[QUESTION]What are the rules for deducting medical expenses on my tax return?
[ANSWER]Many medical expenses that you pay out of pocket for yourself, your spouse and your dependents may be tax-deductible, but you can only deduct those expenses to the extent they exceed 10% of your adjusted gross income in 2017 (for 2016, the cut-off was 7.5% for people age 65 and older and 10% for everyone else). You also need to itemize deductions to take advantage of this write-off.
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You can count your health insurance deductibles, co-payments, prescription drug costs (and insulin without a prescription), and other expenses that aren't covered by your insurance, such as vision and dental care. The cost of contact lenses, glasses, chiropractors, acupuncture, travel to receive medical care, a smoking-cessation program and many other expenses count. You can also deduct a portion of eligible long-term-care insurance premiums based on your age (up to $390 per person in 2016 if you're age 40 or younger; $730 if you're 41 to 50; $1,460 if 51 to 60; $3,900 if 61 to 70; and $4,870 if 71 or older). See IRS Publication 502, Medical and Dental Expenses, for a list of eligible expenses.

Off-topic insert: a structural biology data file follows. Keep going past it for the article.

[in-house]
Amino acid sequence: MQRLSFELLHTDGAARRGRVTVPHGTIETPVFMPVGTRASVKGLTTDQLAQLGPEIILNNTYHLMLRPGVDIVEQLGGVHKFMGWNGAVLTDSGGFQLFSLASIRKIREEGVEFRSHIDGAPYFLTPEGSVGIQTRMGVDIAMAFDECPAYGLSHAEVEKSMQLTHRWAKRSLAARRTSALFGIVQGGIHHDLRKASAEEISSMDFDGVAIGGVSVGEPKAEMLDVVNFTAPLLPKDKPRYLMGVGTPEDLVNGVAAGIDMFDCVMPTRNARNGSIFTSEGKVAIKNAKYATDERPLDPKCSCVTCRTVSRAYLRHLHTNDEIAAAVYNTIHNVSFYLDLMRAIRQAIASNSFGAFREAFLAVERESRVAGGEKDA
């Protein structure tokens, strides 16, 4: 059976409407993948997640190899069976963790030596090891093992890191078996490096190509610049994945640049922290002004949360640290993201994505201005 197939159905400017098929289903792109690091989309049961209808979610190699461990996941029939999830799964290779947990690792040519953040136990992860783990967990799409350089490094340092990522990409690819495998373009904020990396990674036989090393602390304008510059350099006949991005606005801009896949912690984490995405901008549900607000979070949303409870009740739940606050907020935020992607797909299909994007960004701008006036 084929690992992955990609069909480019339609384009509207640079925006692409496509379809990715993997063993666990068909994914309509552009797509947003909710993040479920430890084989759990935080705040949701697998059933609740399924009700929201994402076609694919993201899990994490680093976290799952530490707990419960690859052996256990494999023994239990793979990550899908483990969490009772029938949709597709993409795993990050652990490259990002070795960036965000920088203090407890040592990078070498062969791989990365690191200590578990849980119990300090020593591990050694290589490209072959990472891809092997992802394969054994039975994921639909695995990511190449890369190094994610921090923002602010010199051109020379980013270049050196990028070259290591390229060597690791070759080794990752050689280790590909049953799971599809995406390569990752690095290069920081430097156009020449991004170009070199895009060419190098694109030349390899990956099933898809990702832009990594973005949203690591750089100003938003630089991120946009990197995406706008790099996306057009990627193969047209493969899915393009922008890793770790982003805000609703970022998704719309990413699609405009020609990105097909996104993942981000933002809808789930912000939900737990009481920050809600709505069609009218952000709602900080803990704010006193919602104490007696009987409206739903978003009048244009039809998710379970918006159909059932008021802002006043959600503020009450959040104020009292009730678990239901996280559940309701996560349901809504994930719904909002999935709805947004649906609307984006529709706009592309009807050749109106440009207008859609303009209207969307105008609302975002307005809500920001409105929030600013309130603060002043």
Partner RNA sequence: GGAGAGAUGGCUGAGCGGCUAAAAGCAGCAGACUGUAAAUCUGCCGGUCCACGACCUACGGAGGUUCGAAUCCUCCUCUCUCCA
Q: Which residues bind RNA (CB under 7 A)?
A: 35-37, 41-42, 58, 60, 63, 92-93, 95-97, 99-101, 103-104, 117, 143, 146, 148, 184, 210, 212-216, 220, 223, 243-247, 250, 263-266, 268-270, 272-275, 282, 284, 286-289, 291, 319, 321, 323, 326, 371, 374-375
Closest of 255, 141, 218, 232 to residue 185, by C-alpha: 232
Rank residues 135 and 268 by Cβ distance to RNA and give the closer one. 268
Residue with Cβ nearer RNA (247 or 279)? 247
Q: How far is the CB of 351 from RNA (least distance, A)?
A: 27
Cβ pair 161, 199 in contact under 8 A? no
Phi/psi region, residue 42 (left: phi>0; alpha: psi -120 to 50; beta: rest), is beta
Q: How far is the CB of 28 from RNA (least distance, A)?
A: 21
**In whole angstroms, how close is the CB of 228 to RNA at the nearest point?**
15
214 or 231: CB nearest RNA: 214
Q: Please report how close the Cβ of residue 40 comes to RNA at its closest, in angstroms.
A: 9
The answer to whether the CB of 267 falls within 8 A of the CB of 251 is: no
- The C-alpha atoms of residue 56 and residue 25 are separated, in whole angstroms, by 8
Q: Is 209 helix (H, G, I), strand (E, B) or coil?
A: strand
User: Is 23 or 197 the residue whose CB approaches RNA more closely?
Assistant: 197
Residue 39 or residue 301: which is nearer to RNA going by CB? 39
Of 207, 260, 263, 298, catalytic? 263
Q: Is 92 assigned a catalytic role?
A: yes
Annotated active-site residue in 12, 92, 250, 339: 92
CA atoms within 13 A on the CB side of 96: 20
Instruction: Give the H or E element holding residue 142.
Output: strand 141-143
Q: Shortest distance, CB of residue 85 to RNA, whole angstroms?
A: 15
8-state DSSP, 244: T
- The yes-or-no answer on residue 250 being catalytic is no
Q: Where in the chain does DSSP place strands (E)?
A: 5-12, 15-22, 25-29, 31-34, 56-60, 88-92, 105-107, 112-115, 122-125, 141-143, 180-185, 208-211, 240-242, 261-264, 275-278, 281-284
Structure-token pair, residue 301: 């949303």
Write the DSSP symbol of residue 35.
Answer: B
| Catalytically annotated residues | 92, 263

You can't deduct any medical expenses that you paid with tax-free money from a flexible-spending account or health savings account.
SEE ALSO: The 23 Most-Overlooked Tax Deductions
- The 23 Most-Overlooked Tax Deductions
- 7 Smart Ways to Lower Your Taxable Income
- Last-Minute Tax Tips to Lower Your 2016 Tax Bill
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